Iranian Intelligence Found Clues About Nuclear Physicist's Assassination, Reports Suggest

© REUTERS / West Asia News AgencyIranian Defense Minister Amir Hatami, speaks during a funeral ceremony of Iranian nuclear scientist Mohsen Fakhrizadeh, in Tehran, Iran November 30, 2020. Iranian Defense Ministry/ WANA (West Asia News Agency)/Handout via REUTERS
Iranian Defense Minister Amir Hatami, speaks during a funeral ceremony of Iranian nuclear scientist Mohsen Fakhrizadeh, in Tehran, Iran November 30, 2020. Iranian Defense Ministry/ WANA (West Asia News Agency)/Handout via REUTERS - Sputnik International
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MOSCOW (Sputnik) - Iranian security and intelligence services found some new information shedding light at the notorious assassination of nuclear physicist Mohsen Fakhrizadeh, Iran's state news agency IRNA reported on Tuesday, citing the chairman of the Iranian parliament's National Security and Foreign Policy Commission, Mojtaba Zolnouri.

According to the report, the clues were discovered as a result of a thorough examination into different aspects of the attack. Throughout the text, the assassination is blamed on the Israeli government.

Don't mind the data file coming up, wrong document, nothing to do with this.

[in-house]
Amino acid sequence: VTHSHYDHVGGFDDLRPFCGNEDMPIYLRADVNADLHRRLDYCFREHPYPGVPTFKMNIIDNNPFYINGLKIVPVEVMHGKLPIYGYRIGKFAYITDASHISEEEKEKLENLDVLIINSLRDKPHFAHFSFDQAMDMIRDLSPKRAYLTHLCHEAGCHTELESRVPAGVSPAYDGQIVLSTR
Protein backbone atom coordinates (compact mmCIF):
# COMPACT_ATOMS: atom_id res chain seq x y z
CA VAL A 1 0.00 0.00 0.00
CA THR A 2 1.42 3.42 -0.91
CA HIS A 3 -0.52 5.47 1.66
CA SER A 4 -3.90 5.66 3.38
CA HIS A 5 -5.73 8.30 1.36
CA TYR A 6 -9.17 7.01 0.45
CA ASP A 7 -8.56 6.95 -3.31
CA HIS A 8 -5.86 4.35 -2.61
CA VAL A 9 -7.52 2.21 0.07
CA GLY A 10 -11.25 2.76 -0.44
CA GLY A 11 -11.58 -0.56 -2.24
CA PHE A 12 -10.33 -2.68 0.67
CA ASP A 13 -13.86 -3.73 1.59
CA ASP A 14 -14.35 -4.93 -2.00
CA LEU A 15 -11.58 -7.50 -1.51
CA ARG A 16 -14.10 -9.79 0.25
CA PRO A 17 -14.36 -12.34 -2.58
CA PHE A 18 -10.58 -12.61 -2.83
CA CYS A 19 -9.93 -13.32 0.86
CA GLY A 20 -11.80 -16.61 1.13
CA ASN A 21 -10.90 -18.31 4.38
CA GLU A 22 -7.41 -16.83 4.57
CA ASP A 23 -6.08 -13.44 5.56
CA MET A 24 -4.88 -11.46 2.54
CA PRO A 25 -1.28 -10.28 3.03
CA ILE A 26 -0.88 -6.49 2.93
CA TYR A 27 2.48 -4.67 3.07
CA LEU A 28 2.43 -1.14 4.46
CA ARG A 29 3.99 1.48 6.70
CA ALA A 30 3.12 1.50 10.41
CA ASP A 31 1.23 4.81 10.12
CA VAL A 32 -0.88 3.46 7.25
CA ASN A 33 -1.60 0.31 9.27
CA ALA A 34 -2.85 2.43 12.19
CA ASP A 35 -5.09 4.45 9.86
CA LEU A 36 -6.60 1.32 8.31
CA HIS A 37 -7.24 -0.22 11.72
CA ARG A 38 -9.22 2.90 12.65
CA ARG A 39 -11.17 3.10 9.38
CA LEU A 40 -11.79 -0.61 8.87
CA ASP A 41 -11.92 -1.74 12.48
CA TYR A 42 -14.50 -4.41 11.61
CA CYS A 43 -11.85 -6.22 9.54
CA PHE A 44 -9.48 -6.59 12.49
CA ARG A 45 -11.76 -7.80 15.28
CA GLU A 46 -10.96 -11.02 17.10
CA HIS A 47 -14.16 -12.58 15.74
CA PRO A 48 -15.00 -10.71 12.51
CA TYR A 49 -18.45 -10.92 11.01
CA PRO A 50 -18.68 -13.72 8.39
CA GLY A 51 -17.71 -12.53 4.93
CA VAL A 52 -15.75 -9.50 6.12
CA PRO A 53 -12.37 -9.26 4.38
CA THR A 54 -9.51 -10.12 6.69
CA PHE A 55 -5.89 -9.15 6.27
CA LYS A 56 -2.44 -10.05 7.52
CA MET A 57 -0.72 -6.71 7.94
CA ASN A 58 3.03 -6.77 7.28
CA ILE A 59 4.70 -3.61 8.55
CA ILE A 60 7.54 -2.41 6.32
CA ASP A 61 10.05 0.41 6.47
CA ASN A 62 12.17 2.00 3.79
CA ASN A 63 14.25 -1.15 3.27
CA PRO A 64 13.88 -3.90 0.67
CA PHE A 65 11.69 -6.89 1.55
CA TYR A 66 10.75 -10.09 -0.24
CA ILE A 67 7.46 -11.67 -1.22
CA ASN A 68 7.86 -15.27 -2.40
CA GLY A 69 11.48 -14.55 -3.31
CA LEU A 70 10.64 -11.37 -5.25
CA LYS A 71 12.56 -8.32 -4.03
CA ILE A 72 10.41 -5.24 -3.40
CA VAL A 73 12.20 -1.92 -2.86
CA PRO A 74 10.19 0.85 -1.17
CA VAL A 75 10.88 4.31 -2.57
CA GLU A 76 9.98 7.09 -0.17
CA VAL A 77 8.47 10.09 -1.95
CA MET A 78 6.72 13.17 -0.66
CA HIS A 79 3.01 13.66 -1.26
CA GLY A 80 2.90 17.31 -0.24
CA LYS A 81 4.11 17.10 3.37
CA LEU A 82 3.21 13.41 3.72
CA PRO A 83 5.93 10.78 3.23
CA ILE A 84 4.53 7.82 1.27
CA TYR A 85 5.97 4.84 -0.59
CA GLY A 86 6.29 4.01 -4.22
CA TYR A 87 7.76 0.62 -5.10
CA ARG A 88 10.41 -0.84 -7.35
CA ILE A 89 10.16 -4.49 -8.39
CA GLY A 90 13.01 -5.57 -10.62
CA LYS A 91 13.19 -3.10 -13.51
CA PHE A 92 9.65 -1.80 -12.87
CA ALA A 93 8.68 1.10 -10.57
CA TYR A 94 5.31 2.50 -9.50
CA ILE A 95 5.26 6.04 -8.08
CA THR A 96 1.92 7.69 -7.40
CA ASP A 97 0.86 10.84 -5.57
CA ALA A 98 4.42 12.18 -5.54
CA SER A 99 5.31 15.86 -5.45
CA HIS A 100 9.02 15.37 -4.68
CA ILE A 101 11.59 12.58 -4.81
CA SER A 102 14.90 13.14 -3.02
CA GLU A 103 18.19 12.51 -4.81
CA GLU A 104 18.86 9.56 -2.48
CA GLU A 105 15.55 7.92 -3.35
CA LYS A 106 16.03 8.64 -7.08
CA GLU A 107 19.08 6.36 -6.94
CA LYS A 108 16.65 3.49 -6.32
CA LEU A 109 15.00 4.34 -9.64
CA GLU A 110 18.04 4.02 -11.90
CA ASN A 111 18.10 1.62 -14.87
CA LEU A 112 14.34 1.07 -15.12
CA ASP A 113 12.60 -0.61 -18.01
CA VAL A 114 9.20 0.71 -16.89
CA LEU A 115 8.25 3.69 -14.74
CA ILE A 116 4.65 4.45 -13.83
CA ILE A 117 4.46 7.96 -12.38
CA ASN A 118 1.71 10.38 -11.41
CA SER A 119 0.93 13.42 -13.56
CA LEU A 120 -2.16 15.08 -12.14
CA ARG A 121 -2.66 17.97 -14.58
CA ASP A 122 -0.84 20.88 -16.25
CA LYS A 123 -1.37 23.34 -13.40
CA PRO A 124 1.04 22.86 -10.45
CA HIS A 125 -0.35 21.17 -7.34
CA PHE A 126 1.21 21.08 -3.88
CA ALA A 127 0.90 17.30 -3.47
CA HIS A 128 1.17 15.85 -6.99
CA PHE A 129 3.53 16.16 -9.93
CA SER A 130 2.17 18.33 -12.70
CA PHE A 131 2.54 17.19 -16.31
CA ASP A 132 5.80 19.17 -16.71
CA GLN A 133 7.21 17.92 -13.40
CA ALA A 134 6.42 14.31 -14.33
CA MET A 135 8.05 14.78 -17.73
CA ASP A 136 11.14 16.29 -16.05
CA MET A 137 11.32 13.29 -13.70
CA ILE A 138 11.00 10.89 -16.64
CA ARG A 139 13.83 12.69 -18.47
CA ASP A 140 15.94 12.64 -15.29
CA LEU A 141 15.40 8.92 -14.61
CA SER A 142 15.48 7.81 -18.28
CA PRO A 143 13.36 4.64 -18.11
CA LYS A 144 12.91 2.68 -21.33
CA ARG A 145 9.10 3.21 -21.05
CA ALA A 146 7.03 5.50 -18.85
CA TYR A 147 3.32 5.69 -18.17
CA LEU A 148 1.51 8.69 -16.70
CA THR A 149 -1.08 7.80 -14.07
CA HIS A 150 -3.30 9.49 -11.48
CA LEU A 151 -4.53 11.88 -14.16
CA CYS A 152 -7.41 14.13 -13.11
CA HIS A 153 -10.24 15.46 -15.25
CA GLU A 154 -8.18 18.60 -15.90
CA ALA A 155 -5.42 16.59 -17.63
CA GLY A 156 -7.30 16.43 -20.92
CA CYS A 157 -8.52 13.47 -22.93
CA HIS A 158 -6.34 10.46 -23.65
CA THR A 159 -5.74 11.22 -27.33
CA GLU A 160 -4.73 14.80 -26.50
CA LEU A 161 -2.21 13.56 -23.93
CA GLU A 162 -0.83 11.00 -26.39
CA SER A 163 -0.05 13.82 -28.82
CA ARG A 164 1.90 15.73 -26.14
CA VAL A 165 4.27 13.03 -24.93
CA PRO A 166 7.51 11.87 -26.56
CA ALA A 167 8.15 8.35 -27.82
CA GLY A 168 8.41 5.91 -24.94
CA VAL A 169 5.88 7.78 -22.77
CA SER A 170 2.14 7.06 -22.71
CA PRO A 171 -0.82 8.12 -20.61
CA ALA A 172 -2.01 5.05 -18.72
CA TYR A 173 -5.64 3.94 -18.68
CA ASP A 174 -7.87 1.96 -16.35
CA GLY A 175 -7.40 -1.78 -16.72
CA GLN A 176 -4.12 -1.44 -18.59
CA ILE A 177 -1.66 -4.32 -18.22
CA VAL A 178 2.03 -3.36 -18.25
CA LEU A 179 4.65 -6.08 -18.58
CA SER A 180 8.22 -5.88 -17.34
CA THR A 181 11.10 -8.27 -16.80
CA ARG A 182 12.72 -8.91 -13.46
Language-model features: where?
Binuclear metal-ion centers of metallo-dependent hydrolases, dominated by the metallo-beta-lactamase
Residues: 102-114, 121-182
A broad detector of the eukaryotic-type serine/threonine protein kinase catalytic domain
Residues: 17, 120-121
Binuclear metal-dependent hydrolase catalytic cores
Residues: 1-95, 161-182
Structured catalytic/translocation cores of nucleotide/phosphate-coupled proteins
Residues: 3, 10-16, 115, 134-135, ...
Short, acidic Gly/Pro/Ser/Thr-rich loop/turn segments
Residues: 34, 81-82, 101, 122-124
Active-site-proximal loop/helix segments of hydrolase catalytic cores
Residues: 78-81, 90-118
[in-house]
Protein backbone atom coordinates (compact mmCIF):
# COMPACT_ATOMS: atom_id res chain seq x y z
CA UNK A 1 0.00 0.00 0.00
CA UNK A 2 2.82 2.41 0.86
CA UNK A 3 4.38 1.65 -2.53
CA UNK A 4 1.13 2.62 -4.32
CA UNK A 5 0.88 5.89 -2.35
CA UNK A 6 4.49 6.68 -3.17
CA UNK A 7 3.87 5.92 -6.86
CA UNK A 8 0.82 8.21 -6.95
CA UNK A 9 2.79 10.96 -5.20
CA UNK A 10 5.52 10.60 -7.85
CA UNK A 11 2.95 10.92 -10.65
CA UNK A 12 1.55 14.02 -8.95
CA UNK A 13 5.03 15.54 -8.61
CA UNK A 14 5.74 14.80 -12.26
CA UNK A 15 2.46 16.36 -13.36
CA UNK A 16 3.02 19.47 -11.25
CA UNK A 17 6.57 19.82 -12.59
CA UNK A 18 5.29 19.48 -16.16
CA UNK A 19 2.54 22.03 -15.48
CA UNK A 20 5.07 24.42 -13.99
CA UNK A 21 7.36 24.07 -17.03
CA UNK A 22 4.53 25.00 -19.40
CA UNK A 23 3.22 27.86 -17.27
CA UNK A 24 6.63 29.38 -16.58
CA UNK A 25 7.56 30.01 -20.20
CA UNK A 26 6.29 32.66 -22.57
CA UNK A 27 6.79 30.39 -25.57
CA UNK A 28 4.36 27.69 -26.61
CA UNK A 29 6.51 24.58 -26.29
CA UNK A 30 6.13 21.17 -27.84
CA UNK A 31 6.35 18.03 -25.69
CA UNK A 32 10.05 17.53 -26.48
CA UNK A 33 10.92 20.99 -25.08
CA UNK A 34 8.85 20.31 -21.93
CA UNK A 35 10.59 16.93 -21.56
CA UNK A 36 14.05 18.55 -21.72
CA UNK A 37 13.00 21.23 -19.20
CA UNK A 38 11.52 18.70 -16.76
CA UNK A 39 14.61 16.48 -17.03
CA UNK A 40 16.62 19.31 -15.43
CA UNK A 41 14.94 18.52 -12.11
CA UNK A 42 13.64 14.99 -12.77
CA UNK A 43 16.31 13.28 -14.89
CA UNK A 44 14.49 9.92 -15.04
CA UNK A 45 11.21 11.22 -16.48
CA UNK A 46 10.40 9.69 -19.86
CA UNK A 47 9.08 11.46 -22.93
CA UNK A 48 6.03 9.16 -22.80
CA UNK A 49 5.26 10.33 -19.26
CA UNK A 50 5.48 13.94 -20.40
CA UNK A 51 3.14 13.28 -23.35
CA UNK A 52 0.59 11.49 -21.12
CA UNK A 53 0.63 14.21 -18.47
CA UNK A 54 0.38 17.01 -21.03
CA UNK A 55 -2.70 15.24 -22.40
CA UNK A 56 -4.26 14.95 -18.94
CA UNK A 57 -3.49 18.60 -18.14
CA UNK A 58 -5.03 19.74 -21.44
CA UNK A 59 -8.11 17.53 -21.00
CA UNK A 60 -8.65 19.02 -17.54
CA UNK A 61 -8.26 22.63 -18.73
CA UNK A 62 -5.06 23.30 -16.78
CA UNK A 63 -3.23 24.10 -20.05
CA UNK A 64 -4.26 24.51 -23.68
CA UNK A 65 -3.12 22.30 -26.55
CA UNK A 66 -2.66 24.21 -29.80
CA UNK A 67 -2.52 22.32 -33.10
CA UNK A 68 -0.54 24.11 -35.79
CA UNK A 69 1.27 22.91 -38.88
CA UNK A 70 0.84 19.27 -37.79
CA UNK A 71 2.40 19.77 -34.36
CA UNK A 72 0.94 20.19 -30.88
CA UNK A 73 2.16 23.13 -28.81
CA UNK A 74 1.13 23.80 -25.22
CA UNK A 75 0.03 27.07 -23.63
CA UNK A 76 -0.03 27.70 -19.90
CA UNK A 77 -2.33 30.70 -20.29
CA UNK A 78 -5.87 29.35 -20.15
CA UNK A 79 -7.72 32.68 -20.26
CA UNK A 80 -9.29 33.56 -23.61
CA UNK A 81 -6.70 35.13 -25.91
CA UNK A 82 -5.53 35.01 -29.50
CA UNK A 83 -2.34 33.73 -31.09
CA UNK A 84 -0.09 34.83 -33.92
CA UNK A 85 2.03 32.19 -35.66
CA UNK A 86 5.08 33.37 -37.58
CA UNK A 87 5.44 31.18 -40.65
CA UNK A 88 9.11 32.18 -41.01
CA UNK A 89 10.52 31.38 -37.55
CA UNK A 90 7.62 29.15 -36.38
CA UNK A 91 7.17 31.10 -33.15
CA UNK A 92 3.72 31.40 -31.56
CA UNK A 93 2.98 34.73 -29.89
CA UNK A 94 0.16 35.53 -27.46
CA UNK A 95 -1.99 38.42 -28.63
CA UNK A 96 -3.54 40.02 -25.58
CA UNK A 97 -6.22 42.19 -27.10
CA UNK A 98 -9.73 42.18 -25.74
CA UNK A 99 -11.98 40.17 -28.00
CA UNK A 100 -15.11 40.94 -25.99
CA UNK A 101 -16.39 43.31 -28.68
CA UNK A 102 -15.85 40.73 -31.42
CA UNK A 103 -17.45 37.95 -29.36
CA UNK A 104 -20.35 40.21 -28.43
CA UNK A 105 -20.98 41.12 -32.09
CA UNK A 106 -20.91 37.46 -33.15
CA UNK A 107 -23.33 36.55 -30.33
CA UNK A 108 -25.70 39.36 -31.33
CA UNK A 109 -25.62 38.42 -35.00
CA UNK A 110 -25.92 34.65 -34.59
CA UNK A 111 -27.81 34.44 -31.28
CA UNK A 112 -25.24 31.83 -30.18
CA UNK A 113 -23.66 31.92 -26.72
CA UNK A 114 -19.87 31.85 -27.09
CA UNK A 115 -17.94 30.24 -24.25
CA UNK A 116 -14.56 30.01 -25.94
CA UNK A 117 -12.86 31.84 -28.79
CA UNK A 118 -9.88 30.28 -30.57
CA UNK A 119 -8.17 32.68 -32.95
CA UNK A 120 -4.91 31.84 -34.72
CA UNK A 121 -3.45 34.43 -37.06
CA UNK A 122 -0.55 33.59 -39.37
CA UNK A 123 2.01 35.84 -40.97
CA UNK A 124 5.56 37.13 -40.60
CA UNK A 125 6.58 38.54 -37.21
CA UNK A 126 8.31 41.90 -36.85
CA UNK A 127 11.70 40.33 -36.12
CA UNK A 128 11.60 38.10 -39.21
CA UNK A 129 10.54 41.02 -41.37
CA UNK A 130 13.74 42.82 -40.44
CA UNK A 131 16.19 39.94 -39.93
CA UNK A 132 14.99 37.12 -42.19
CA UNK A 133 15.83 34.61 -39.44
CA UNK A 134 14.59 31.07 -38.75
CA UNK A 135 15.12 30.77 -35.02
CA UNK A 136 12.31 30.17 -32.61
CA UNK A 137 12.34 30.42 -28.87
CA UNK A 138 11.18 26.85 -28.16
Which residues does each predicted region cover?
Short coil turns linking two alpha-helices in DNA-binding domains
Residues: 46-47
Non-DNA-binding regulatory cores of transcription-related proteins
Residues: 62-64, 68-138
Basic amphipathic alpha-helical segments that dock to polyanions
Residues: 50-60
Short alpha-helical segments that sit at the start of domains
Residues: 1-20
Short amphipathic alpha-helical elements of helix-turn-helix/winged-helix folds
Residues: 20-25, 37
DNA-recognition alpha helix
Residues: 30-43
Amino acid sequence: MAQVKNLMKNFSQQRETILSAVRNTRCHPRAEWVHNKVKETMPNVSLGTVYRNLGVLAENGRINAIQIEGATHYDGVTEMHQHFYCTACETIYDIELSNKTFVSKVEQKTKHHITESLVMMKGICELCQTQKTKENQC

Fakhrizadeh, one of the key figures behind Iran's nuclear programme and the head of the Iranian Defence Ministry's Innovation Centre, died as a result of an attack near Tehran on 27 November.

A view shows the scene of the attack that killed Prominent Iranian scientist Mohsen Fakhrizadeh, outside Tehran, Iran, November 27, 2020. - Sputnik International
Iran's President Accuses Israel of Assassinating Nuclear Scientist to Provoke War in Region

Earlier this month, the Iranian Islamic Revolution Guards Corps claimed that the weapon used to kill Fakhrizadeh had been remotely controlled from a satellite.

According to reports by Iranian news agency Fars, the physicist was shot dead from a remotely-controlled weapon installed in a Nissan car at a distance of 150 meters (492 feet). The fact that no other people were present at the assassination site except for Fakhrizadeh and his bodyguards was later confirmed by the Iranian authorities.

Tehran officials have blamed the attack on Israel and the anti-Islamic Revolution organisation People's Mujahedin of Iran, vowing revenge. Some Iranian officials have also pointed to the involvement of the United States and Saudi Arabia.

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